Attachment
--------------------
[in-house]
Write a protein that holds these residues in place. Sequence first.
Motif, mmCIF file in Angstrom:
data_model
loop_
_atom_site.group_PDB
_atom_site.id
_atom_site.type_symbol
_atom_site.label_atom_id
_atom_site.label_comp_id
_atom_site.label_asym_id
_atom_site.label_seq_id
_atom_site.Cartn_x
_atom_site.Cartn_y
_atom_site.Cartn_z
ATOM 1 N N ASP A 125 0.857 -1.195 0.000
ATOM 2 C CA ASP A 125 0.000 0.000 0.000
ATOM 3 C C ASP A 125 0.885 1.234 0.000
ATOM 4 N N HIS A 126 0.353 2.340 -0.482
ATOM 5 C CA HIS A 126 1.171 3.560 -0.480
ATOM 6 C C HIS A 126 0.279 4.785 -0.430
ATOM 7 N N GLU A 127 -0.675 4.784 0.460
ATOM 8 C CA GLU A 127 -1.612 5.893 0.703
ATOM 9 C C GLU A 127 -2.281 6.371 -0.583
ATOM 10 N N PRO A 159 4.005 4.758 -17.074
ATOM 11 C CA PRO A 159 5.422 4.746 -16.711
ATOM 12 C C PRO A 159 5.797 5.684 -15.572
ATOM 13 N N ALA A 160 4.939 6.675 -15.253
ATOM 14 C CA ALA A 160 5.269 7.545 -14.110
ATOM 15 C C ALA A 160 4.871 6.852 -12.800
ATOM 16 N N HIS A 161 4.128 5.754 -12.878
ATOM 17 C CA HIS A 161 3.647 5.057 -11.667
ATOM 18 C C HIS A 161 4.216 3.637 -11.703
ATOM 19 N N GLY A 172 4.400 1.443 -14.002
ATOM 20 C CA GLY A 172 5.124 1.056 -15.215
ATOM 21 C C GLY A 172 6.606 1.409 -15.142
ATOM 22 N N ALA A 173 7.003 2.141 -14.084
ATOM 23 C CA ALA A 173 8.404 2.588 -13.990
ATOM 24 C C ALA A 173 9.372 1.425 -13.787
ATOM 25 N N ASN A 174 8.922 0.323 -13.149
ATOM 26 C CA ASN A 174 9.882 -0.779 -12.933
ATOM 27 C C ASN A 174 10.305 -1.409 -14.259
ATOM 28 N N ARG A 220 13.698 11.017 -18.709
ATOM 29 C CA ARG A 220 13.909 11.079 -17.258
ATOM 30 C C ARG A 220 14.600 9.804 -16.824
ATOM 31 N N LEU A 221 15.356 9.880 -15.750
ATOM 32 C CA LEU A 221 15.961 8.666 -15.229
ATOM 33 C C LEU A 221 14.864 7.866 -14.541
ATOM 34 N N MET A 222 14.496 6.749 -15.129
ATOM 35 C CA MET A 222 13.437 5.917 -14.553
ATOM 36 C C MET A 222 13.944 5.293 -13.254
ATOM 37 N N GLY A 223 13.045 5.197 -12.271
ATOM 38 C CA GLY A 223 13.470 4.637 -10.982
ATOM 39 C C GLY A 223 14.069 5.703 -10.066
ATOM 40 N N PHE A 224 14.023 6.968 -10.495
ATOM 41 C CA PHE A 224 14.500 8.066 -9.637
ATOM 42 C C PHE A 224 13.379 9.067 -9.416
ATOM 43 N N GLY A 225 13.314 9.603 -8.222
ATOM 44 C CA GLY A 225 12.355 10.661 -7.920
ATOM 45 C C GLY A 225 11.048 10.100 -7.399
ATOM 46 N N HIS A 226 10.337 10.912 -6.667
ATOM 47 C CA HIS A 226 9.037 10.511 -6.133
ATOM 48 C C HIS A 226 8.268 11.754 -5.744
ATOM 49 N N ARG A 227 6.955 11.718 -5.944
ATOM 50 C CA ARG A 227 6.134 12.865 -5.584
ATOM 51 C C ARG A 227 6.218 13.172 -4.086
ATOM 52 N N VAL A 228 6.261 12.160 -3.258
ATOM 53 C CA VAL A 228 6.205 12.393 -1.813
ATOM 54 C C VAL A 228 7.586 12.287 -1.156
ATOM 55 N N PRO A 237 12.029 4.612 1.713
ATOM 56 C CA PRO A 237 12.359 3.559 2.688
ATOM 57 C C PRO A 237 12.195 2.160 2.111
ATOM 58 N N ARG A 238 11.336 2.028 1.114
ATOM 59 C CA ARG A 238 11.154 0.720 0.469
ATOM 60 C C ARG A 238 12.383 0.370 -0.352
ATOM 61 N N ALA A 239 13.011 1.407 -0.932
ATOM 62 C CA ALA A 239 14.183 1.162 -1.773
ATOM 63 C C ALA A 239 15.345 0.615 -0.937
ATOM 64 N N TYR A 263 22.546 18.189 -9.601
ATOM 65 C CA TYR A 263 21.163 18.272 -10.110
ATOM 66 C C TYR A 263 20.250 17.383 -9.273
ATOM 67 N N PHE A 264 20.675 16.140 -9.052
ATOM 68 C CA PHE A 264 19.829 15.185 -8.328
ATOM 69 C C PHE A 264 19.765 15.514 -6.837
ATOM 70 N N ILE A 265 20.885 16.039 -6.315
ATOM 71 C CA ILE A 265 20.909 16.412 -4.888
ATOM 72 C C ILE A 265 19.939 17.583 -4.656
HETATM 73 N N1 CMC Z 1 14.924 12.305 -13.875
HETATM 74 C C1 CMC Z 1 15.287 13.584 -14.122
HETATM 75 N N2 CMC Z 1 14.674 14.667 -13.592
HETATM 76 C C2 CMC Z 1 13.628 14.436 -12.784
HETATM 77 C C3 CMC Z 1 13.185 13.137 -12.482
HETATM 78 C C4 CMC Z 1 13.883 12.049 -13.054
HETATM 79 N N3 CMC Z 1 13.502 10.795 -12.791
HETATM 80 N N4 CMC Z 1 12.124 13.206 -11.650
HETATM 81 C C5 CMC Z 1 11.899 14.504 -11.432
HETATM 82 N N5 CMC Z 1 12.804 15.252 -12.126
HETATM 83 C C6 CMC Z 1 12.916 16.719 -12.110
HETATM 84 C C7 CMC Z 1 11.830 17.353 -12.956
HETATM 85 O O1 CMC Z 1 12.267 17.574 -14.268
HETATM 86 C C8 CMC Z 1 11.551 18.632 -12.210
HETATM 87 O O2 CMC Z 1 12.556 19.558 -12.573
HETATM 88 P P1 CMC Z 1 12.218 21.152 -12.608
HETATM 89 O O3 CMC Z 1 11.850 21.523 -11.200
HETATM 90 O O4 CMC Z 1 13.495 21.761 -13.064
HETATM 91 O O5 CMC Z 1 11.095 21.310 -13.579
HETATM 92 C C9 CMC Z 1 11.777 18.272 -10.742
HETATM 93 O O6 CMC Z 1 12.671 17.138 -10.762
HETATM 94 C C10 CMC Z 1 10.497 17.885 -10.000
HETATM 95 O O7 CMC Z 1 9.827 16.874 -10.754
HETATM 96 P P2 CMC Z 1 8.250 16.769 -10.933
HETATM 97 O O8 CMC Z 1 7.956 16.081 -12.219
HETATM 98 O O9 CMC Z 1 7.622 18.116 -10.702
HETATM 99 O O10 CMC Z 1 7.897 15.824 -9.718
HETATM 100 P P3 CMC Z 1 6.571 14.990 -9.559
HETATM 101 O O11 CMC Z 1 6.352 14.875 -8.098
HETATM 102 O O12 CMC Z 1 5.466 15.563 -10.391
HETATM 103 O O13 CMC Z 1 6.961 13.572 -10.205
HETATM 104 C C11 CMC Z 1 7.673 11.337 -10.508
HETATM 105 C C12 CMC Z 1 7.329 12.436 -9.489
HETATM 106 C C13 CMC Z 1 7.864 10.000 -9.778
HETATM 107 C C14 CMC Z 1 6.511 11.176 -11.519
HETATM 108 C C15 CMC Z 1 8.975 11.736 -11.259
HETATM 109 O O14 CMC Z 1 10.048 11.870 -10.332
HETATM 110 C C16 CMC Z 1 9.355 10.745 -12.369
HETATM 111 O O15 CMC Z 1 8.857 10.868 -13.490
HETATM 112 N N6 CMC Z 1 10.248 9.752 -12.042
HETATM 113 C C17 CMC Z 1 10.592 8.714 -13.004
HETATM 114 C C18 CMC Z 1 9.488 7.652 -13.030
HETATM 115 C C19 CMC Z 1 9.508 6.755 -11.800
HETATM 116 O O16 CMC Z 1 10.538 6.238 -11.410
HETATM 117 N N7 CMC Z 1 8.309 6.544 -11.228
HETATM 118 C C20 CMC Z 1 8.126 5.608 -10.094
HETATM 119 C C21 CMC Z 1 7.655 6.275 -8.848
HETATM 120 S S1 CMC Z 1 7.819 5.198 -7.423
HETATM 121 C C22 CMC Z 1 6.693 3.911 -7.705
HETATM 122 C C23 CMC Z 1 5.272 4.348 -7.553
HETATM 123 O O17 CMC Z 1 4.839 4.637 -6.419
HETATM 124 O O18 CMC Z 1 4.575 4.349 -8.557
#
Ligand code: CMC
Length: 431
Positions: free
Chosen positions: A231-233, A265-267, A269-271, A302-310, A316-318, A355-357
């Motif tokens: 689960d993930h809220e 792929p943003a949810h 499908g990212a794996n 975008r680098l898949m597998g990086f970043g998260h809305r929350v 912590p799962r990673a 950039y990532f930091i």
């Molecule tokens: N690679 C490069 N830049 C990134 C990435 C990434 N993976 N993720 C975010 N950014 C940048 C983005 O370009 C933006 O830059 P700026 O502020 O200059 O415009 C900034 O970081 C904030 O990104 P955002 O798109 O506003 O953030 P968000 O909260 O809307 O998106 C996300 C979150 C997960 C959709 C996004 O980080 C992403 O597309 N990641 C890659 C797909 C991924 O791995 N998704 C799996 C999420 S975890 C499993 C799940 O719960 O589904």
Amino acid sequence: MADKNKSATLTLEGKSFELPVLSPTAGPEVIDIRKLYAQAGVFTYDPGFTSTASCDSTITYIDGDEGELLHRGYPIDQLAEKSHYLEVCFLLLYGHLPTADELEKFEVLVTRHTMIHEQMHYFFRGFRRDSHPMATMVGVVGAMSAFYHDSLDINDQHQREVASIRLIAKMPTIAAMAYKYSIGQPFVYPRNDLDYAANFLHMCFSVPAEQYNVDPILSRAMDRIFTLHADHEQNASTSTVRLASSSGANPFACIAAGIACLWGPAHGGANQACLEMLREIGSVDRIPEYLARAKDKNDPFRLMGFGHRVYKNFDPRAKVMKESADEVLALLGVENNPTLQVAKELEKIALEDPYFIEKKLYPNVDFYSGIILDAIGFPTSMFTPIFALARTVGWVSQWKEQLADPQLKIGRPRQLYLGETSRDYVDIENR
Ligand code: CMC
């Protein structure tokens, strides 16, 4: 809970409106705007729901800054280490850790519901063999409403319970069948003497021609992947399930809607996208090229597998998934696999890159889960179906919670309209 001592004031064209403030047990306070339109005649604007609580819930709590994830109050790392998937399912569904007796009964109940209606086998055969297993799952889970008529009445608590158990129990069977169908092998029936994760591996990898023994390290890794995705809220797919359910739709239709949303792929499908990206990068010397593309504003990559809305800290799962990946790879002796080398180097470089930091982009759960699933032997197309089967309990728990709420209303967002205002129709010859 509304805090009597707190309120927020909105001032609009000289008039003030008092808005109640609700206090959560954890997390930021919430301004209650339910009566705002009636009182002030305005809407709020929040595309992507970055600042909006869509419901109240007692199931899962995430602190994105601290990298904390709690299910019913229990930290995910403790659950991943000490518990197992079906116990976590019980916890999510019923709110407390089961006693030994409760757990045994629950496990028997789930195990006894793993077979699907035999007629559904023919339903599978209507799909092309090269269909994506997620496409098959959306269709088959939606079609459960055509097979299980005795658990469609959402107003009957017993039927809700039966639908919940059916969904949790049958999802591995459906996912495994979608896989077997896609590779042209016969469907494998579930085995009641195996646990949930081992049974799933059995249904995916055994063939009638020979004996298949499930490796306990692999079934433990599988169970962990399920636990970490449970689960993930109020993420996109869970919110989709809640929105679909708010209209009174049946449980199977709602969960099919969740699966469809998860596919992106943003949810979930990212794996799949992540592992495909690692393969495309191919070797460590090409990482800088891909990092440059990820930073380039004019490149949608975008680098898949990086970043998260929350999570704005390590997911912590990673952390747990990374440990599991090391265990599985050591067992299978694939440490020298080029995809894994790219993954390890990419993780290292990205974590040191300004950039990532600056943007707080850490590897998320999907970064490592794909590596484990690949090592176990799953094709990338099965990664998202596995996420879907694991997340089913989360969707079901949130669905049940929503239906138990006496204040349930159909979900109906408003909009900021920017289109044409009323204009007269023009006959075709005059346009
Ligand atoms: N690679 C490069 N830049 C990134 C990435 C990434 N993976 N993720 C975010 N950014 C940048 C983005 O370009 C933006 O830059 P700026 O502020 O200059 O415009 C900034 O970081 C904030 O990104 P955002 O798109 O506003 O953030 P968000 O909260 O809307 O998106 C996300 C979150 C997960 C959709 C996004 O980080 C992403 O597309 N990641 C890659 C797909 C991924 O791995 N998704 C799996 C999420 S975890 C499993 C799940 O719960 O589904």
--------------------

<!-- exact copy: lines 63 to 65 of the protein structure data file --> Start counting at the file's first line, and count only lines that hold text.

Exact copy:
ATOM 48 C C HIS A 226 8.268 11.754 -5.744
ATOM 49 N N ARG A 227 6.955 11.718 -5.944
ATOM 50 C CA ARG A 227 6.134 12.865 -5.584